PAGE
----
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After Dark Horrorfest: Unrest
Directed by Jason Todd Ipson
Written by Chris Billett, Jason Todd Ipson
Starring Corri English, Scot Davis, Joshua Alba, Jay Jablonski
Produced by Jason Todd Ipson, Julio Boye, Adam Lebovitz
One of the first medical ghost stories I’ve ever seen comes to us via “Unrest” a dark and sinister story featuring a whole lot of corpses.
Perhaps the only problem is, most of them are already dead when we find them, as opposed to being seen alive earlier in the film.
And this medical ghost story involves Alison, a young woman well on her way to becoming a doctor. But the road to physicianhood goes through Gross Anatomy, a class involving the dissection of human cadavers. But one cadaver, which happens to be the one Alison and her team are working on, seems to be a bit more lively than most. And Alison must find out exactly what is behind the cadaver before the cadaver can take more revenge on those disturbing it—or the spirit therein.
The menu for “Unrest” is a step down from “Gravedancers”—it doesn’t have the impressive opening animation, and doesn’t even offer animations when clicking an option.
One thing I do love about “Unrest” is their use of lighting. Whenever our dear heroine Alison is stalking the hospital halls, she walks into darkness for a couple seconds until limited-range light comes on around her. This provides some absolutely frantic tension sequences, and it’s used to good effect, though not to its best effect. Light will also go out behind her as she moves, another excellent trick.
“Unrest” doesn’t have the same kind of constant assault of creepy moments that “Gravedancers” had, but it’s still got a lot going for it. First off, we don’t see very many serious medical horror movies. In fact, I’m hard-pressed to think of one outside of your occasional “Dr. Giggles” or “The Dentist” type of second-rate splatter.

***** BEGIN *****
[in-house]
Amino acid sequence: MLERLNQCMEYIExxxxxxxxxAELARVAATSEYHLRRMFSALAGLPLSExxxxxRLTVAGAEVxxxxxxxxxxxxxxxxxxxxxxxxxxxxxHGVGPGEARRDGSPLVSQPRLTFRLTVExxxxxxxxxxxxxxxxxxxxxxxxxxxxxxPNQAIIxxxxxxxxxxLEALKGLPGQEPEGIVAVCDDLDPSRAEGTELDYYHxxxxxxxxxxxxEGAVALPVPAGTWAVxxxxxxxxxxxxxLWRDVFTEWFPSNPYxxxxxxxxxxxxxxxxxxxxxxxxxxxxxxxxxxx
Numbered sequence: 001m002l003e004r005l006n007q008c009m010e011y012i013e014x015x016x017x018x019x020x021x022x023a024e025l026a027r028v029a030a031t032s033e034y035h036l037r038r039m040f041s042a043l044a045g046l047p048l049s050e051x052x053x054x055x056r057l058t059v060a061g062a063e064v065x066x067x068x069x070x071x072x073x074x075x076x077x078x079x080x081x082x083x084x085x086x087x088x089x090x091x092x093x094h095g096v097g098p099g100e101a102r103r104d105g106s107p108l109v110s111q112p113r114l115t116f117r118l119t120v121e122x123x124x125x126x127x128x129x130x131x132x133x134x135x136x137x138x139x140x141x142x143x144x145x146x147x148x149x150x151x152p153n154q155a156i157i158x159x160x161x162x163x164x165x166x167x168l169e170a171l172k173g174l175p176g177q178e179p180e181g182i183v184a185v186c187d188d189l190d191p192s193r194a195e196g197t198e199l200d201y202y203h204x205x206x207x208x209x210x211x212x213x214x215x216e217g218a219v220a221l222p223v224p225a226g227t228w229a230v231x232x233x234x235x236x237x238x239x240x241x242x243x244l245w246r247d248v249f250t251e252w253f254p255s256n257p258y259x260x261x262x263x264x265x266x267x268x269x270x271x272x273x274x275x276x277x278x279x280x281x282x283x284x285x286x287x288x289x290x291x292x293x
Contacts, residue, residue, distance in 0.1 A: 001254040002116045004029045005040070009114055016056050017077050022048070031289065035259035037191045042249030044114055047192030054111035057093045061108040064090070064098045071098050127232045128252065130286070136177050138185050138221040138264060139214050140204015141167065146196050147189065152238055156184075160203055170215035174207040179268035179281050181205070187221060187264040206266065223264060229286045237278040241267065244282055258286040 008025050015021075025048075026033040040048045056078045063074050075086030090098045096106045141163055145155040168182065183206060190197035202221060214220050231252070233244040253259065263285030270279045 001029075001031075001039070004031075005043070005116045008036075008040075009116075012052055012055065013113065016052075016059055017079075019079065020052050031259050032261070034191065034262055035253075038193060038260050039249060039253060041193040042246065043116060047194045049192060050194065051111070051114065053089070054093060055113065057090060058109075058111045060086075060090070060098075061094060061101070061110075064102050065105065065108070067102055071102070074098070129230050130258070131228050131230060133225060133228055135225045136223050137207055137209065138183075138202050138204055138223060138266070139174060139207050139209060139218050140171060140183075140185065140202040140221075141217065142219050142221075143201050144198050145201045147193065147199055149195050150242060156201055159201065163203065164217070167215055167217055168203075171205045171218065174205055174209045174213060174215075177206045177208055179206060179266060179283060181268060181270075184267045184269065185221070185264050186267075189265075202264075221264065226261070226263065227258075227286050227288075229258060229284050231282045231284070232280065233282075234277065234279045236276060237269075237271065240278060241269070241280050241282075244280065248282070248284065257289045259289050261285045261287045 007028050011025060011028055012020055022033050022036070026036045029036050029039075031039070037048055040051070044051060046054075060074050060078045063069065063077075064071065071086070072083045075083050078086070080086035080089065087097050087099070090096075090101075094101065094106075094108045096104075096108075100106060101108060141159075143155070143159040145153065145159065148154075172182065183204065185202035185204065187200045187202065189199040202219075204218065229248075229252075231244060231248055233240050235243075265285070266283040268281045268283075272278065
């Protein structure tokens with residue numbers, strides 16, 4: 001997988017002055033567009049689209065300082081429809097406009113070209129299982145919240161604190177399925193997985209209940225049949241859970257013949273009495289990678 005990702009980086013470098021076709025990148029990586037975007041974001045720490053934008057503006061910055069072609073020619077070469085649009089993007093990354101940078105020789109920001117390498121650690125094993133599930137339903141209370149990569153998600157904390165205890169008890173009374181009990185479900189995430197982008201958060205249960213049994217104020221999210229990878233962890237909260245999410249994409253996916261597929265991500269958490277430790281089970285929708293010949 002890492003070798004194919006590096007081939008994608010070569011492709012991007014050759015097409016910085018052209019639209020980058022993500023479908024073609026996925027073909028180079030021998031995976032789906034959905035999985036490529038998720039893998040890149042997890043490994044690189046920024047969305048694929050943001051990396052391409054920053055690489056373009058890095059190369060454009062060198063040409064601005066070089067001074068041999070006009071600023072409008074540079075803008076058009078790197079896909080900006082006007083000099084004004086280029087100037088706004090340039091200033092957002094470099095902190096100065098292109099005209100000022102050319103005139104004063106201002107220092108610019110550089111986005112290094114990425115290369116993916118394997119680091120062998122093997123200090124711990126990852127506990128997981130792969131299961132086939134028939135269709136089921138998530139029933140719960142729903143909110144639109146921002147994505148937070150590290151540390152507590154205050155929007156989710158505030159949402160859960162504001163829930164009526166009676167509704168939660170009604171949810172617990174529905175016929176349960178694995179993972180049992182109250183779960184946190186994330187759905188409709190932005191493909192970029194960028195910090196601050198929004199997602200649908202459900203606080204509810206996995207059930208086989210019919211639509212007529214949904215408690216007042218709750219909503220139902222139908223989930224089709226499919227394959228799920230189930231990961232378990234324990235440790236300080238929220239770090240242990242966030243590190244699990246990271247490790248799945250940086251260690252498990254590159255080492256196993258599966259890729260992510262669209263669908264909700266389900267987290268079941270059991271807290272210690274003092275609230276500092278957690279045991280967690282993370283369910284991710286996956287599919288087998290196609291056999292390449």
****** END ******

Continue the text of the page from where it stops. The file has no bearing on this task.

And there is definitely a shortage of ghost stories fused into a medical room drama. Think a weird combination of “The Eye” and “ER,” and you’ll get the general idea of what kind of movie “Unrest” actually is. Which, frankly, is wildly original.
Wildly original, granted…but not all that scary. There’s one death in the first half of the movie. There’s no appearance of ghosts, and there’s really only a smattering of unusual phenomena. That’s a whole lot of buildup for the entire first half of a movie, and that drags heavily on a movie advertised as “too graphic” and “too shocking for general audiences.”
The ending is actually quite thrilling, with lots of near-miss fatalities. If they would’ve put this kind of thrill into the hour and fifteen minutes preceding it, it would’ve easily been on par with the best. There’s even a little bit of a twist ending, which is an extra plus.
The special features include trailers for The AFter Dark Horrorfest, “Dark Ride” “The Hamiltons,” “Reincarnation,” “Gravedancers,” “Penny Dreadful,” and “Wicked Little Things.”
All in all, there’s nothing wrong with “Unrest” by any stretch of the imagination. It’s only real failing is that there’s not a whole lot specifically scary about it. It’s a very original movie, but as a horror movie, it’s a bit lacking.
Steve Anderson is a film critic who collects action figures so he can dress them up as his favorite horror villains. He lives somewhere in the United States.
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